Little Intimacies

Photographer Morgan Maher’s spent five years photographing women in bed. The end result? A 200-page book that doubles as a love letter to femininity.

For women, the bedroom is a fraught space. A source of pleasure and of pain. The site of adolescent sleepovers with girlfriends, secrets shared amid giggles under the sheets. Of tear-filled dark nights of the soul. Of sexual encounters, both the wondrous and the rotten. Women artists have long found themselves gravitating towards the bed. Be it Tracey Emin’s groundbreaking 1998 artwork My Bed—an installation of her real bed, complete with empty vodka bottles and period-stained underwear—or Frida Kahlo creating some of her most dynamic self-portraits from the confines of her bedroom.

Photographer Morgan Maher continues this legacy with her compelling new book Girls in Bed. Described by Maher as a ‘love letter to the girls in the hearts of women’, Girls in Bed features intimate portraits of 75 women captured by Maher over a five-year period. It started from a logistical need. ‘I was living in my first apartment in New York City on my own, and the apartment wasn’t the prettiest, so when people came over it was like, ‘Let me shoot you in bed’,’ Maher tells Par Femme. She quickly realised there was a kind of magic in these shots. ‘There’s something that’s so pure about the experience of sitting in a bedroom, which is such an intimate space, with someone that you really trust and believe [in] and want to collaborate with.’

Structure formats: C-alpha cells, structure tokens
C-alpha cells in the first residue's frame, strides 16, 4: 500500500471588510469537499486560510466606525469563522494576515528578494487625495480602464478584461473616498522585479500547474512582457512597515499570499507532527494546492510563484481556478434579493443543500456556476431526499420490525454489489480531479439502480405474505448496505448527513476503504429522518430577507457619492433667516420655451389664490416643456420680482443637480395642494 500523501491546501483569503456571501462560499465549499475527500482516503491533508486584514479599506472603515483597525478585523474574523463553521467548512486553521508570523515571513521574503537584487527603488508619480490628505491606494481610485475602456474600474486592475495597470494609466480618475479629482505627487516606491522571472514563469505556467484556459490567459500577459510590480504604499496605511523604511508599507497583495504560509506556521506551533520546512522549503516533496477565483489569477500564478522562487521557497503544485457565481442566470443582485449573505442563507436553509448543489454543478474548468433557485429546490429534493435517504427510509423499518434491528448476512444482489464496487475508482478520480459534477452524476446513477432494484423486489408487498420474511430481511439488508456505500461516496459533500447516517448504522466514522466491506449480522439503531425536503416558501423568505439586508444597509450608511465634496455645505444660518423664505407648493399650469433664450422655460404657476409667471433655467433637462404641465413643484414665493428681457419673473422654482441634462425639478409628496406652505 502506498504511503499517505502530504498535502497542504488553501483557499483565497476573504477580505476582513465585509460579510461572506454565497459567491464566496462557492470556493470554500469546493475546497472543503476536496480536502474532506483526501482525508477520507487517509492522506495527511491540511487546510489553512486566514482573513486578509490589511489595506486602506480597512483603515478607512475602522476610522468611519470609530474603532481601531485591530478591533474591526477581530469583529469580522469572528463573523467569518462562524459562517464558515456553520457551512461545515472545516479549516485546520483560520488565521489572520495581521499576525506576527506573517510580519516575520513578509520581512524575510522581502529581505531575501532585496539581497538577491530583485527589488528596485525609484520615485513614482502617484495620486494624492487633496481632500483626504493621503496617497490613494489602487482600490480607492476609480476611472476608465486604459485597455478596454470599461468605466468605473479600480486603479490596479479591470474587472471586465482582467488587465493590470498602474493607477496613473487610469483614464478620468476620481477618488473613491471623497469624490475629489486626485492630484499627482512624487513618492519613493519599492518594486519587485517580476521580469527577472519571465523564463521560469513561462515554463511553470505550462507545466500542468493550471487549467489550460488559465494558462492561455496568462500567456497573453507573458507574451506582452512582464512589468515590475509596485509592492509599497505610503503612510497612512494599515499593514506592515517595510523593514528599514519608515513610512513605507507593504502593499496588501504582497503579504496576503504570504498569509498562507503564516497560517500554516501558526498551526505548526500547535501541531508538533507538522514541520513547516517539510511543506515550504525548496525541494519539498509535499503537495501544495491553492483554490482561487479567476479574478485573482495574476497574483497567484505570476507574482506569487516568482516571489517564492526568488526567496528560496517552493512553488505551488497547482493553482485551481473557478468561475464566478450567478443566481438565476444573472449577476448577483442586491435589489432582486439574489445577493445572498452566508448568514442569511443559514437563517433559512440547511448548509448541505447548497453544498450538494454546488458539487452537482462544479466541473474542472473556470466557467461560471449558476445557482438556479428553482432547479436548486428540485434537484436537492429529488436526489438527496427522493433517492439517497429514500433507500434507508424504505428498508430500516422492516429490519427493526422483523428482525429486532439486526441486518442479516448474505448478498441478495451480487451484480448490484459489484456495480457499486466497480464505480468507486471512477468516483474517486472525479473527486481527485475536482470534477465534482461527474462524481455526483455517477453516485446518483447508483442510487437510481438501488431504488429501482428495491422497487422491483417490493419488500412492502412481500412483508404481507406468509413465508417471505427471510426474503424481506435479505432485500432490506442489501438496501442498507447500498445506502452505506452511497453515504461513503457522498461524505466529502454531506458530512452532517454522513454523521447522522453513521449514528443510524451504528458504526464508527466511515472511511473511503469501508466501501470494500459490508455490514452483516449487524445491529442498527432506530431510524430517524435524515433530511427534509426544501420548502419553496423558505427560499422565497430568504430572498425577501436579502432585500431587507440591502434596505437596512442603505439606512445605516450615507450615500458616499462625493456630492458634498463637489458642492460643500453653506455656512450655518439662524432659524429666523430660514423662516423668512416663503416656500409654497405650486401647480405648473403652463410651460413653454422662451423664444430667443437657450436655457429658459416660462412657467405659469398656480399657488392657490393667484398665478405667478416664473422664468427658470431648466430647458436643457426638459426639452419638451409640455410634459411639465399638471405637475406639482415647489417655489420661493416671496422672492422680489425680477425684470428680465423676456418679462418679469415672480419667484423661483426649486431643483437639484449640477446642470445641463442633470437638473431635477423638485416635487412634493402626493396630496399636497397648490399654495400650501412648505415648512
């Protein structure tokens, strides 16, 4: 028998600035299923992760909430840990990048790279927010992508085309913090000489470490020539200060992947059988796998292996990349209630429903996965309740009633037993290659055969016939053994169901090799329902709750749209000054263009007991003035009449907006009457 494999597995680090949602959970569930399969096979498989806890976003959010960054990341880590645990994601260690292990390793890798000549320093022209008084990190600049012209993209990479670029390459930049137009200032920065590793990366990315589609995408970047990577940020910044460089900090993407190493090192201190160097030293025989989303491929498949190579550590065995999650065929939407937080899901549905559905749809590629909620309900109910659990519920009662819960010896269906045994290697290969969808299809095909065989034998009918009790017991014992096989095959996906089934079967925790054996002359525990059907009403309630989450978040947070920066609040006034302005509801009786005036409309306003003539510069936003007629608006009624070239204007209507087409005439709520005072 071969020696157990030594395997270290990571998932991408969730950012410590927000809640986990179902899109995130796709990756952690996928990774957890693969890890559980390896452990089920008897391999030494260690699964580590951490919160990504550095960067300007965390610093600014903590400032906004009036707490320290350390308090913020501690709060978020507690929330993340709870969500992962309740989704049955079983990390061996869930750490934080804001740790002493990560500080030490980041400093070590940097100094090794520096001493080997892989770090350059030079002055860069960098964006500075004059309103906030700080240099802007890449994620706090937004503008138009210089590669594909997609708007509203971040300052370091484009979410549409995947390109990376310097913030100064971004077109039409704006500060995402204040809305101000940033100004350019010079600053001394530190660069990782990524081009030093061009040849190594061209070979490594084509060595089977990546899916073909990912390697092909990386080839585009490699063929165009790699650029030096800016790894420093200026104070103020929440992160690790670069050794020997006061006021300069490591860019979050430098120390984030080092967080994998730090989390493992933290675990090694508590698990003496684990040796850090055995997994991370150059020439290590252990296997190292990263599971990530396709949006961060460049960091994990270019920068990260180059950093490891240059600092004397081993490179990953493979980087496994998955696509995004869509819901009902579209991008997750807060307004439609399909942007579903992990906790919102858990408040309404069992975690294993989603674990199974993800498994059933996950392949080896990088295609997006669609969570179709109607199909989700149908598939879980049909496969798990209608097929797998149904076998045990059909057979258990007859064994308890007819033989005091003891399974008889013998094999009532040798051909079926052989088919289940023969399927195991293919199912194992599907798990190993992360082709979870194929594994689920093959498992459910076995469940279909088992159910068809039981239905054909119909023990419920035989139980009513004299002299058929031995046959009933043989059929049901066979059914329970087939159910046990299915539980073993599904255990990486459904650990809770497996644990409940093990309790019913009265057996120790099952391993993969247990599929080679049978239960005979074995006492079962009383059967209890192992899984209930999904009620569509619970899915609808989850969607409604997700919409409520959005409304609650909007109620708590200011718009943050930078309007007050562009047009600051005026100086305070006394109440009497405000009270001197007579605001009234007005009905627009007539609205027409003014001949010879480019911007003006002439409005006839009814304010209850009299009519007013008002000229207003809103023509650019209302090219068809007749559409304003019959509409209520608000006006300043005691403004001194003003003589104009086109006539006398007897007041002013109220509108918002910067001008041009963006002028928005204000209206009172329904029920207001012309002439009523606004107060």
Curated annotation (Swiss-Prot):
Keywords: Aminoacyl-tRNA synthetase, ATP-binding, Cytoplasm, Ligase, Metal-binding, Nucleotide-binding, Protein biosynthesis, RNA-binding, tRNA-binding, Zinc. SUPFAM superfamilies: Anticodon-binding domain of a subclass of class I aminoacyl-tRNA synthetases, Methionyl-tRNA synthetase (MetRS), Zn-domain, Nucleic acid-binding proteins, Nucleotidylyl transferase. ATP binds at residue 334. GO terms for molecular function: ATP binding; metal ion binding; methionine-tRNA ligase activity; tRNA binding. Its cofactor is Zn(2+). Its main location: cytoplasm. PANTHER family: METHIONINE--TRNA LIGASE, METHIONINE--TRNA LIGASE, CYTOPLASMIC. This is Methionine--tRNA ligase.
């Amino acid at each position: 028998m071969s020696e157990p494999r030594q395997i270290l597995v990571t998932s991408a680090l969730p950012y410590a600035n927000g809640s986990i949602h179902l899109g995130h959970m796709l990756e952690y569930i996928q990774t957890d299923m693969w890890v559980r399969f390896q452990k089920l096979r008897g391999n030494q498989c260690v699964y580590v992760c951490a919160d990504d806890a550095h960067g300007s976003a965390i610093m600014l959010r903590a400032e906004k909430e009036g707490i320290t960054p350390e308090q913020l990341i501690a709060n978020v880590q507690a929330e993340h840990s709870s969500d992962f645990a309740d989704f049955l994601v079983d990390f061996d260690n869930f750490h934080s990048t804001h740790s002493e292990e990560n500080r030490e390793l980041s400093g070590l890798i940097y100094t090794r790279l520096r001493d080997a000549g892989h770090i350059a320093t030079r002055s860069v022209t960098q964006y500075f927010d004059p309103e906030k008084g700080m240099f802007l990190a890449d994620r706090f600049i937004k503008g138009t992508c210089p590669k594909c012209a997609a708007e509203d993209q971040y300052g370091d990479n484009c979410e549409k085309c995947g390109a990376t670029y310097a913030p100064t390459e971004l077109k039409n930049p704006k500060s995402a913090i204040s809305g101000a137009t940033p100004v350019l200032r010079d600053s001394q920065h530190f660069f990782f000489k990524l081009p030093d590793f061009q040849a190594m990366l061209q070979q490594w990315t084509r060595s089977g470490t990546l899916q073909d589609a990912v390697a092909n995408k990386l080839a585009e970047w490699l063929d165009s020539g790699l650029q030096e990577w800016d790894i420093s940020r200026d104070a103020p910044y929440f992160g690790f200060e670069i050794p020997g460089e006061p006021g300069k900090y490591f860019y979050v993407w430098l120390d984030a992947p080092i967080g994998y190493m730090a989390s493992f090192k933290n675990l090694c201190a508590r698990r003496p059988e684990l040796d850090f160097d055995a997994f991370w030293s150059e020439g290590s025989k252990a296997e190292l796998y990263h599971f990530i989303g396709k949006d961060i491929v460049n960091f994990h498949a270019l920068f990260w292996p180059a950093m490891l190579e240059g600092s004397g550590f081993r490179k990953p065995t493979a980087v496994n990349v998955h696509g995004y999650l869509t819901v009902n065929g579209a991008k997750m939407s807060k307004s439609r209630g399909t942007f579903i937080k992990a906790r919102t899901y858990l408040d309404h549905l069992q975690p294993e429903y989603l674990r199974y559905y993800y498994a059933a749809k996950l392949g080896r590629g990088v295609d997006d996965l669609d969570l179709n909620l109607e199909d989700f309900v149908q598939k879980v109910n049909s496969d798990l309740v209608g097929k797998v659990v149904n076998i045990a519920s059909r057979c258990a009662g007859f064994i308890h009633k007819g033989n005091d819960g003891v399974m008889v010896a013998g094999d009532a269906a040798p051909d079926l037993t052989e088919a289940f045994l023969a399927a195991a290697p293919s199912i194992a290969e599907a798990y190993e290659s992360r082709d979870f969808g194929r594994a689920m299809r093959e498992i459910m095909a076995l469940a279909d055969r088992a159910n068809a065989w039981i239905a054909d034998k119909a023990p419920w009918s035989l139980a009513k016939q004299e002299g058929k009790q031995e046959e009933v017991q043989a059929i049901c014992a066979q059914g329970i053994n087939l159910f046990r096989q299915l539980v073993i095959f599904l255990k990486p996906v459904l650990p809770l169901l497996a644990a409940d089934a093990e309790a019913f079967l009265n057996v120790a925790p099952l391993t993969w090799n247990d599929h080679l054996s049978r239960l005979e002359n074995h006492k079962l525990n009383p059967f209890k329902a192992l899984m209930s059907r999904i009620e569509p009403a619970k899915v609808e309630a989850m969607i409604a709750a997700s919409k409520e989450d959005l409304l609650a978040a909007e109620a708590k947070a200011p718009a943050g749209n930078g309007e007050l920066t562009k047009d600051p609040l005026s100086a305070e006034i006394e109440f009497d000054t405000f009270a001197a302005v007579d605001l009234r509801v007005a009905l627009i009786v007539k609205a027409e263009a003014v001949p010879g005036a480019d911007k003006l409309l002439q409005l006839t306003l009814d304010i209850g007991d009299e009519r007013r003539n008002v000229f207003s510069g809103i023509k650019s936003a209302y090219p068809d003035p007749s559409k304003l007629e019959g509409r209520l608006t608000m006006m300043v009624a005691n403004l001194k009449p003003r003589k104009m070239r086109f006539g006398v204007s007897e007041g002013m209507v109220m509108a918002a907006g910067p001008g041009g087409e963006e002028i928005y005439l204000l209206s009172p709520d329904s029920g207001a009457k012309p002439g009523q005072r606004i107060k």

Courtney Eaton and Gabby Richardson; Images by Morgan Maher

The women are an eclectic cross-section of artists, writers, actors, musicians and other creatives, all of whom Maher has come to see as friends and—to borrow an overused term—muses. Among them: Chase Sui Wonders, Willa Bennett, Rachel Sennott and Salem Mitchell. ‘They’re all women that I admire, who are so remarkable and full of joy and life.’ There is something profound about Maher’s images, something that transcends their beauty. For so long, the sight of women underwear-clad and in bed was sexualised through the lens of male photographers. Images in the style of Maher’s felt inherently seedy, voyeuristic, performative. Through Maher’s camera they are rendered soft, introspective, nuanced. The phrase ‘divine feminine’ springs to mind.

‘There’s a level of comfort that I think comes across, because I have been in the same position as these women and would never have any of them do anything that I wouldn’t be comfortable doing myself,’ says Maher. ‘And I think part of it is that I just truly love women. It hurts me to say this, but more often than not when women are having conversations about the bed, some kind of trauma or abuse will come to light. And sometimes when we were shooting, we were able to use this experience as a healing space.’ Girls in Bed is available now from

Chase Sui Wonders and Isabella Manderson; Images by Morgan Maher